Friday, February 09, 2007
Viola Desmond-Canada's Rosa Parks
Almost ten years before that fateful December 1, 1955 day that Rosa Parks sat down on a Montgomery, AL bus that was headed home and jump started a movement, Viola Desmond did the same for African-Canadians.
Viola Desmond (1914-1965) was a young Halifax businesswoman and beautician who owned and operated a beauty school there. On November 8th, 1946, she was on her way to Sydney, NS for a meeting when she got caught in a blizzard in New Glasgow, NS and her car broke down.
When a mechanic told her he couldn't fix the problem until the next day she found a place to stay for the night. Desmond decided to pass the time with a movie at the local Roseland Theatre. She asked for a ticket for house seats, but the teller sold her a ticket for the balcony, which was where Black people had to sit in that town.
When she sat in the lower "Whites Only" house seats, the manager ordered her to sit in the balcony, which was designated for Black patrons. When she refused, he called the police and she was arrested. Desmond was dragged from the theater and thrown in jail overnight. Bruised and angry, she sat upright all night and for the next 12 hours on the hard jail bench while wearing her white gloves.
In the morning she was charged by the magistrate with "attempting to defraud the Federal Government" based on her refusal to pay the one cent amusement tax difference between the 3 cents charged to those sitting in the balcony and the 2 cents charged to those sitting downstairs. Even though she had offered to pay the difference in ticket price, she was convicted of failing to pay the tax on the downstairs ticket. After a short trial, Viola was sentenced to a fine of $20 plus court costs and 30 days in prison.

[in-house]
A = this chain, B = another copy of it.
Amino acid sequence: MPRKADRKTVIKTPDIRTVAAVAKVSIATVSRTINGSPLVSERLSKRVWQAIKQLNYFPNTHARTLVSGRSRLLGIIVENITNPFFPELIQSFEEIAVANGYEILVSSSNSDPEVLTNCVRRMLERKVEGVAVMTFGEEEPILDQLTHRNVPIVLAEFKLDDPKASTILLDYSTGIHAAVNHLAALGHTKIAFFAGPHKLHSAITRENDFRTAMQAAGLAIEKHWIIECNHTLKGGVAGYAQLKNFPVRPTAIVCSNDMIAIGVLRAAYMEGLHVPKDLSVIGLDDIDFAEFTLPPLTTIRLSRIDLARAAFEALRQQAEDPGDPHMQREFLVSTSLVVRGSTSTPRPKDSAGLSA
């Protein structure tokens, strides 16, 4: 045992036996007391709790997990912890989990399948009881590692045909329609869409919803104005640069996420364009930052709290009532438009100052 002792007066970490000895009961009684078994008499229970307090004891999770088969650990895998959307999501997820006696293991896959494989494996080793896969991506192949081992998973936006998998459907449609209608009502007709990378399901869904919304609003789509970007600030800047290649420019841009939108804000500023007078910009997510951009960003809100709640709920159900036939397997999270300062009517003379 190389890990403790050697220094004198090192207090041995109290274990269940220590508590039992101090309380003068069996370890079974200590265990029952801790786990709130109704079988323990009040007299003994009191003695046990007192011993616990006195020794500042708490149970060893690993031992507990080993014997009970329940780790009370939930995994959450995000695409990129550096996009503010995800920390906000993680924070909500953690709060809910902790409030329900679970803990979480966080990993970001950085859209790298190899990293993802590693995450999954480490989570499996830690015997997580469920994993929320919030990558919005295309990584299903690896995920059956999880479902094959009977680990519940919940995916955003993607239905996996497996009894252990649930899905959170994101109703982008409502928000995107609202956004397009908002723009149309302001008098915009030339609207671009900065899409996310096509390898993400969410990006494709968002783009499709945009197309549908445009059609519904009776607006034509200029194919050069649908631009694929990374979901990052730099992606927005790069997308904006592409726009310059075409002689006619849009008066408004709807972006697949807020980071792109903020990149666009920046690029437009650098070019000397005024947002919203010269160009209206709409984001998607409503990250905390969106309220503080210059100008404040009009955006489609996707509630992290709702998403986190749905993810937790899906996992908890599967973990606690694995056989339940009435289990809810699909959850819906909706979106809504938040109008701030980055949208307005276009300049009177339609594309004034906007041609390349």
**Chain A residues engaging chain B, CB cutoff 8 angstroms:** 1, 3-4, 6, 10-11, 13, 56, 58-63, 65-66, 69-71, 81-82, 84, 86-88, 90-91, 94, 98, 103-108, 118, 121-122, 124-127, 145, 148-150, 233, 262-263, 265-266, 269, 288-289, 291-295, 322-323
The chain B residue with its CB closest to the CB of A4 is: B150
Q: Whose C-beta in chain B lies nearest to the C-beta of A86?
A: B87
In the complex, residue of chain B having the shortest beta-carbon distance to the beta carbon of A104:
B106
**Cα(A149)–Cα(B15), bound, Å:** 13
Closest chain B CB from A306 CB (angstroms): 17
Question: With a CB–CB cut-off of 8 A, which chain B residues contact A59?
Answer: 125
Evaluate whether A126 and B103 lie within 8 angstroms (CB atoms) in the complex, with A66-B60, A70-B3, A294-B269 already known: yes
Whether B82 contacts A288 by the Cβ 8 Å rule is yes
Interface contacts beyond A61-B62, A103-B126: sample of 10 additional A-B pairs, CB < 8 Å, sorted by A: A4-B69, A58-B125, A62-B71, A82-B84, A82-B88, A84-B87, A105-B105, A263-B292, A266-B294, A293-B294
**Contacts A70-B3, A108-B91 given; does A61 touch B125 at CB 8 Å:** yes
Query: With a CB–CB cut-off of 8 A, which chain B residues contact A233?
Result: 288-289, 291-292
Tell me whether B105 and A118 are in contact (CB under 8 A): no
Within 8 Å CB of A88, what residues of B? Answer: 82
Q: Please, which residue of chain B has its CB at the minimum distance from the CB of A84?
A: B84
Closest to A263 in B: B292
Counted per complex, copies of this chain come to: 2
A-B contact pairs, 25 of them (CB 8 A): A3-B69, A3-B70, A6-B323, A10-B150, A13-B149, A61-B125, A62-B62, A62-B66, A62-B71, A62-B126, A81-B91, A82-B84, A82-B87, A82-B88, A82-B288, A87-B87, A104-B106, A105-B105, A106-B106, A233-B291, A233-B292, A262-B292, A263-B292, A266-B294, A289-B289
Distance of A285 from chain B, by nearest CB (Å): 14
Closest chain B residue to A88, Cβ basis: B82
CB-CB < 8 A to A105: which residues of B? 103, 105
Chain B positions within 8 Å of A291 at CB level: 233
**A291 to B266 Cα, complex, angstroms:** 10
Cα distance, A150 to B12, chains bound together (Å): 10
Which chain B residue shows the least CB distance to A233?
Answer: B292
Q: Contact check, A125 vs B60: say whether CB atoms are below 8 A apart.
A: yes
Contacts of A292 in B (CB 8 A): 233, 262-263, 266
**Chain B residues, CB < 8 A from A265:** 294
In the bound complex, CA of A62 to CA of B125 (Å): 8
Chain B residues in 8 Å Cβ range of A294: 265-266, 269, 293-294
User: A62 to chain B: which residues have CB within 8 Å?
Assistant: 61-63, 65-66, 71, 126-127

Viola Desmond's arrest galvanized the Afro-Canadian community into action. The new Nova Scotia Association for the Advancement of Coloured People (NSAACP), founded only a year earlier by William and Pearleen Oliver, raised the money to pay her fine and fight her conviction. Carrie Best, the founder of Nova Scotia's first Black owned and operated newspaper publicized her story. Best was familiar with Desmond's situation. She'd been thrown out of the Roseland Theater herself four years earlier for refusing to sit in the balcony and unsuccessfully filed a damage suit against the theater's management.
Desmond's lawyer took the case to the Supreme Court of Nova Scotia, but her appeal lost on a technicality. She reappealed the case and won on a technicality. The case helped topple segregation laws in Nova Scotia and the provincial government repealed them in 1954.